- May 9, 2022
- Posted by: Amos Ekow Coffie
- Category: Economics
Government will pay an interest rate of 22.30% and 21.50% for the 5-year and 2-year bonds issued on Friday, 6th May, 2022.
The sale of the debt instruments were extended to Friday, May 6th, 2022 to accommodate for the Labour Day and the Eid holidays last week.
The interest rate, which will probably increase the country’s interest payment will be paid semi-annually, until maturity in 2027 and 2024 respectively.
Until recently, government was paying between 19% and 20.50% for medium term financial instruments.
However, the sale of the debt instruments recorded mixed subscriptions, signaling further perceived risks in the economy.
According to the trading results published by the Bank of Ghana, government mobilised ¢601.9 million from the 2-year bond at an interest cost of 21.50%, whilst ¢575.4 million was secured from the 5-year bond at an interest rate of 22.30%.
This means that about ¢1.4 billion of the maturing amount were redeemed by the investors who held the maturing 2-year bond.
For the 5-year bond, there wasn’t any target set since it was a new issuance.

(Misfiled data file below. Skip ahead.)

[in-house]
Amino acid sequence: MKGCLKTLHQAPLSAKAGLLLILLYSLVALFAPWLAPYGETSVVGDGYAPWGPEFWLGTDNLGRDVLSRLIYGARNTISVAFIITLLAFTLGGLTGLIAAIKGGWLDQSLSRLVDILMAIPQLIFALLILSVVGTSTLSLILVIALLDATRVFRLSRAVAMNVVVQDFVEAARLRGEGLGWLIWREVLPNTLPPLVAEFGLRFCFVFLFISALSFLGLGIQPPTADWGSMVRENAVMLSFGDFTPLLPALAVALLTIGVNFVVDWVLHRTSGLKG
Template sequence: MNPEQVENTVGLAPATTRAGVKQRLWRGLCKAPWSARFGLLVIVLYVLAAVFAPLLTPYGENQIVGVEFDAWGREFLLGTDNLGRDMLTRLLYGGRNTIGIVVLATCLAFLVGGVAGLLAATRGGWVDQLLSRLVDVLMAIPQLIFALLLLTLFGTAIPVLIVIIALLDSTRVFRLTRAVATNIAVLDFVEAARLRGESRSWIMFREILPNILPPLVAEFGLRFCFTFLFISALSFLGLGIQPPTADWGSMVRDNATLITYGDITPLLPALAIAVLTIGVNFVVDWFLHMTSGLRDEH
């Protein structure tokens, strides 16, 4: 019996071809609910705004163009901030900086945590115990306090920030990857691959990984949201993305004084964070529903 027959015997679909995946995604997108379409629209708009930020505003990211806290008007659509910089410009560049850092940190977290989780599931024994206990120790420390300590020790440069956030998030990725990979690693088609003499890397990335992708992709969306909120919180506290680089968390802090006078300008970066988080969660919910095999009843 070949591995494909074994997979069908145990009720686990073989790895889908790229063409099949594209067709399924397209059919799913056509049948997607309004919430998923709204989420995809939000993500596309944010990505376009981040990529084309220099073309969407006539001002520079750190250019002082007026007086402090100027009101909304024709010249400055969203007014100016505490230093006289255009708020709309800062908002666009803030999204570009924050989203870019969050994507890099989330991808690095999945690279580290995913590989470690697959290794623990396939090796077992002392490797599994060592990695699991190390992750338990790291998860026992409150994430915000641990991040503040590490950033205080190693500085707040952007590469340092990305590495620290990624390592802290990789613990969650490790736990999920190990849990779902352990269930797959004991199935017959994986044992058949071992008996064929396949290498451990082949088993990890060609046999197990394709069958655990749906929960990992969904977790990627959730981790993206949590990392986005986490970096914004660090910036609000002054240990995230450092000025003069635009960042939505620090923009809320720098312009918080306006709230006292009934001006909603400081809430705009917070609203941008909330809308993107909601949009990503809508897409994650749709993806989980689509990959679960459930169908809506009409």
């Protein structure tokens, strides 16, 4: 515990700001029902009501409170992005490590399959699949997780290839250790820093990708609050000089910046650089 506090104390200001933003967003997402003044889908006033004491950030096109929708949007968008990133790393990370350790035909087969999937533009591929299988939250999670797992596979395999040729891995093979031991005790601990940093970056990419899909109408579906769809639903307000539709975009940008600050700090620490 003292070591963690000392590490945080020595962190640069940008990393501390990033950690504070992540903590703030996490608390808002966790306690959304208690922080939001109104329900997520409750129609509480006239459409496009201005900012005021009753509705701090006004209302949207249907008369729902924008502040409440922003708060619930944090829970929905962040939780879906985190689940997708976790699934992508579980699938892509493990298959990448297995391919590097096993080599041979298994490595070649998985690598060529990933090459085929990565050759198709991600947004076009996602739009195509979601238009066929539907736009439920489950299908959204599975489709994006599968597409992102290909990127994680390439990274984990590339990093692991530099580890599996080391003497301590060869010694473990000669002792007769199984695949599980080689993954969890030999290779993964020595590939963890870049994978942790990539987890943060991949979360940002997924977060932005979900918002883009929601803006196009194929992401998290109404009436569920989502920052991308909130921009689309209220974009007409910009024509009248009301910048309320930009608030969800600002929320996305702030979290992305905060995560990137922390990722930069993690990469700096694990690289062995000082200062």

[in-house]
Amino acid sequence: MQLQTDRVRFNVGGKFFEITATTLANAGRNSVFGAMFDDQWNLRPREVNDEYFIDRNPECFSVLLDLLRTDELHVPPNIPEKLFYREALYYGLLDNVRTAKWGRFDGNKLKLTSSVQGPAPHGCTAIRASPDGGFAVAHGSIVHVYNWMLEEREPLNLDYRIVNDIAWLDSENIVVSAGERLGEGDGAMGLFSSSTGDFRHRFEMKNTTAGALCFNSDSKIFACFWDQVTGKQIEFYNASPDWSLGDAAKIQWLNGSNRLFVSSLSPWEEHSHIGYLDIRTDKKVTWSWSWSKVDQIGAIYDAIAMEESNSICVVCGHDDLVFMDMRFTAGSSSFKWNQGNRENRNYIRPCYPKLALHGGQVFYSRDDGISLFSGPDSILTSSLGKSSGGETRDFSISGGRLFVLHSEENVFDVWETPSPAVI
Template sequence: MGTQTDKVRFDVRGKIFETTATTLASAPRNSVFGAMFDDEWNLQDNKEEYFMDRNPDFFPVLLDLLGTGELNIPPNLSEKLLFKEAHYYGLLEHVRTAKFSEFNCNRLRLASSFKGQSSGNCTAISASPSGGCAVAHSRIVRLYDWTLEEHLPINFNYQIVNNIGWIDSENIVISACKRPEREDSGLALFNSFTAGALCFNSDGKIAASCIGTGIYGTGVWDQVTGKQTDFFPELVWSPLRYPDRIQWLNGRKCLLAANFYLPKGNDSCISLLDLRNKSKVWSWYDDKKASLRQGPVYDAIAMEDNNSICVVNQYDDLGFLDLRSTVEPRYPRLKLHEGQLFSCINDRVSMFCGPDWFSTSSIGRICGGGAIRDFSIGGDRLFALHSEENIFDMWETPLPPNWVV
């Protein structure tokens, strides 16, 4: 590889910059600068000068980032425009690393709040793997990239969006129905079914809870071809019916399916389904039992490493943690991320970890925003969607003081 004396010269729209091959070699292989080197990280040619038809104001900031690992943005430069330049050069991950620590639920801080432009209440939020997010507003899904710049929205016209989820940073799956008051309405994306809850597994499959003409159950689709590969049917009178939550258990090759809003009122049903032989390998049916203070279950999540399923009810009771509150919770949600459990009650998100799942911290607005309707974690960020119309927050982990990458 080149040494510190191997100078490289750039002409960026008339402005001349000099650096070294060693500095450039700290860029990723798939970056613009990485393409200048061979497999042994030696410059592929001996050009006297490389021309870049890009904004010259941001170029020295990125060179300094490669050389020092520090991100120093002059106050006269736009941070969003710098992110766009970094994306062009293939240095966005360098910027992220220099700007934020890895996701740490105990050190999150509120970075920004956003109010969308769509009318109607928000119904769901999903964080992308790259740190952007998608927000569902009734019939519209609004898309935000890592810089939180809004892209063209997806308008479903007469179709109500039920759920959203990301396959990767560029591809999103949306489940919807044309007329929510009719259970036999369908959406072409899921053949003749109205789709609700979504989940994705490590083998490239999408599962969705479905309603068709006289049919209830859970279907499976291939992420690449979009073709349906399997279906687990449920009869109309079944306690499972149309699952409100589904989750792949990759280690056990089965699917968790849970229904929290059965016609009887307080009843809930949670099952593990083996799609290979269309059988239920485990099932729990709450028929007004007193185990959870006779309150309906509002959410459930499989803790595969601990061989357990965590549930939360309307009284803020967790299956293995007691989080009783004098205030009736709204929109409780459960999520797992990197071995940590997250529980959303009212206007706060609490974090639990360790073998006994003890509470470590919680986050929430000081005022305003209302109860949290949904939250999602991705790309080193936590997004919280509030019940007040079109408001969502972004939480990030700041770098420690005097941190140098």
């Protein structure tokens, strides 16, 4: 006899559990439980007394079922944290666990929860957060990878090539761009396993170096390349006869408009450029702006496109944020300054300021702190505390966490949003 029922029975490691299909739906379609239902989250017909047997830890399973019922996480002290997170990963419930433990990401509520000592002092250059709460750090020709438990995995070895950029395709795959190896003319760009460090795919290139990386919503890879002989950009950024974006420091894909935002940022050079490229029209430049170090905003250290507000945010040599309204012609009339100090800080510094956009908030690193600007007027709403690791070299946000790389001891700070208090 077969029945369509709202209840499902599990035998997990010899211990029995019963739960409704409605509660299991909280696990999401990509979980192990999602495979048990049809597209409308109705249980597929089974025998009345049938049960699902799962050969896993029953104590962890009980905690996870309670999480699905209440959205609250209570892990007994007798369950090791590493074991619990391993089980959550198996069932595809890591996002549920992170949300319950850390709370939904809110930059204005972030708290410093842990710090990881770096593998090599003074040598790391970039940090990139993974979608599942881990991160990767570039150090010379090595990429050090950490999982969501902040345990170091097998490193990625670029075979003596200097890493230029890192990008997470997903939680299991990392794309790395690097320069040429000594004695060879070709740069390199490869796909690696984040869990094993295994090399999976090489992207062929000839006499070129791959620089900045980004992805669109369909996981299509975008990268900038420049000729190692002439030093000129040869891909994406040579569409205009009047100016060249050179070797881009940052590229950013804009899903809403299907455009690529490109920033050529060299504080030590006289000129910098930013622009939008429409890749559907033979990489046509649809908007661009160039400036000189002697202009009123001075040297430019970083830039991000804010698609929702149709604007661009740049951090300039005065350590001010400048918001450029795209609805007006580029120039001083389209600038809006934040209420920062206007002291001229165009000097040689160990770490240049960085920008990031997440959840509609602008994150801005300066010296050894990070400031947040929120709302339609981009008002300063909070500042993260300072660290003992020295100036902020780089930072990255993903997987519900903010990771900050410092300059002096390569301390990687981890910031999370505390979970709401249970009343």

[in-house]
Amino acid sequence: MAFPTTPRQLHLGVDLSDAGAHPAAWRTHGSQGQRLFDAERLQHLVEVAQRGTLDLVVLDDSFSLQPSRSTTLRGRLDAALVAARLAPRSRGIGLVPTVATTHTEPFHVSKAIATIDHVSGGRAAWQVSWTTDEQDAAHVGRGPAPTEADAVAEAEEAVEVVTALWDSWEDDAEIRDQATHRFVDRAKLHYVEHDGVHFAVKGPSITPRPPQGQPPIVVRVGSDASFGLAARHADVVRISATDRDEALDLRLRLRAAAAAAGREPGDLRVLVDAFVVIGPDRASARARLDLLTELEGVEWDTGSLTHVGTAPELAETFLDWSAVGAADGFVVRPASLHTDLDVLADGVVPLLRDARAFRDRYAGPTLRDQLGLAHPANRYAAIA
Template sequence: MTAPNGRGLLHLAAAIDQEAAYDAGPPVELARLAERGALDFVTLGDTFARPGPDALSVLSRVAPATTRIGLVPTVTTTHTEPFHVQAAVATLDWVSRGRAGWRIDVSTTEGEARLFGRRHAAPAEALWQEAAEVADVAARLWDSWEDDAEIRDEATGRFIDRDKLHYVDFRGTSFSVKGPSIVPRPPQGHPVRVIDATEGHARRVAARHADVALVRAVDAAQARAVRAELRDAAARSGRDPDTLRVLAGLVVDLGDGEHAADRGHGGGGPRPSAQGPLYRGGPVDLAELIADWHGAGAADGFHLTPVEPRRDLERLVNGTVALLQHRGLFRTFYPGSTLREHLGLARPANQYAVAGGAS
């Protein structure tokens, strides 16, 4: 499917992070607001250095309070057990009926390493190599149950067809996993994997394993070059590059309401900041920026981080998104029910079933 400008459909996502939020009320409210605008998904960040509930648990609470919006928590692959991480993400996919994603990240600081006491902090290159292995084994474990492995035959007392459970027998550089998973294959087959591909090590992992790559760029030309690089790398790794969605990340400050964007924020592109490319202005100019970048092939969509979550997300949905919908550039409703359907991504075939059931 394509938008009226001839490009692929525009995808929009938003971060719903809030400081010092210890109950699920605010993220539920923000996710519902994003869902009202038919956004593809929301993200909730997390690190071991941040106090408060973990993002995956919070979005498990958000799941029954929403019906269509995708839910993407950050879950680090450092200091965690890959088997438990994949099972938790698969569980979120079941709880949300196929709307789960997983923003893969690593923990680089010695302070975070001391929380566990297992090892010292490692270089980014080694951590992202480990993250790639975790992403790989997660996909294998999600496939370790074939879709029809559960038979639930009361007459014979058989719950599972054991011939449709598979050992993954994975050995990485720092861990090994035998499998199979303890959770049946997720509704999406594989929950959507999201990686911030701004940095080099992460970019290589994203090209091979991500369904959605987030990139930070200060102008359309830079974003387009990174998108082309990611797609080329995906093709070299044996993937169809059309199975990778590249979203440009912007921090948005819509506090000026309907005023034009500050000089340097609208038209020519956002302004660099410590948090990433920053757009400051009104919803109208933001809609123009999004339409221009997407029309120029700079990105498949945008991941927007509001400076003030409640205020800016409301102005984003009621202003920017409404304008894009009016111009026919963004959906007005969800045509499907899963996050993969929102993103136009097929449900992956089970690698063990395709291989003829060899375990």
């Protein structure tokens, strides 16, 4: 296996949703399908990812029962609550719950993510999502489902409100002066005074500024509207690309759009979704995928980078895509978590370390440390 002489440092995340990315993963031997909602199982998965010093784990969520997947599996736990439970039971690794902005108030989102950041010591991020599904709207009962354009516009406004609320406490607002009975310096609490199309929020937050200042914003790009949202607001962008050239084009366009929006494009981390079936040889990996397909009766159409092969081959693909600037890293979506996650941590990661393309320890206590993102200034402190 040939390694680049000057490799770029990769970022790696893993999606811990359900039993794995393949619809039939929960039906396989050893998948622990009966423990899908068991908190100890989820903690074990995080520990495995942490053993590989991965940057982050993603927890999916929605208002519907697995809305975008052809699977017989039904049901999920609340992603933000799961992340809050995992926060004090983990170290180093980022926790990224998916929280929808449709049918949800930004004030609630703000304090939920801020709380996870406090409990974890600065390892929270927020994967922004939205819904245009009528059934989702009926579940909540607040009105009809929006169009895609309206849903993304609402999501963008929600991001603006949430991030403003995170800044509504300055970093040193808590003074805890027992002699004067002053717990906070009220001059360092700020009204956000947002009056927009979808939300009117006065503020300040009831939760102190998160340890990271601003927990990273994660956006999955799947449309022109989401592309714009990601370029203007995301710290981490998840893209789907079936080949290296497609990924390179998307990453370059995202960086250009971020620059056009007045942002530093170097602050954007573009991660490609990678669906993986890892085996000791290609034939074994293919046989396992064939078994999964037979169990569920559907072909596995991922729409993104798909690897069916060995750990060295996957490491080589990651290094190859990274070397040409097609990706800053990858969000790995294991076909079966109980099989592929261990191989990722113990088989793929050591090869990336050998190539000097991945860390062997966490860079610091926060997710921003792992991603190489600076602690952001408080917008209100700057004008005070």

However, with regard to the 2-year bond, government was seeking to rollover ¢2 billion.
Analysts say though the interest rate for the debt instruments were high, they were within the pricing guidance.
They however attributed the shortfall in the sale of the bond to extremely tight liquidity on the market, since the Bank of Ghana’s monetary measures kicked-in on April 1st, 2022.
In addition to the tight liquidity, there are also investors who remain concerned about the inflation uncertainty and the implications of the rising inflation on their real returns. These investors tend to hold on for higher nominal yields to be able to compensate for the inflation risks.
Absa, Black Star, CalBank, Databank, Ecobank, Fidelity, GCB, IC Securities and Stanbic were the book runners.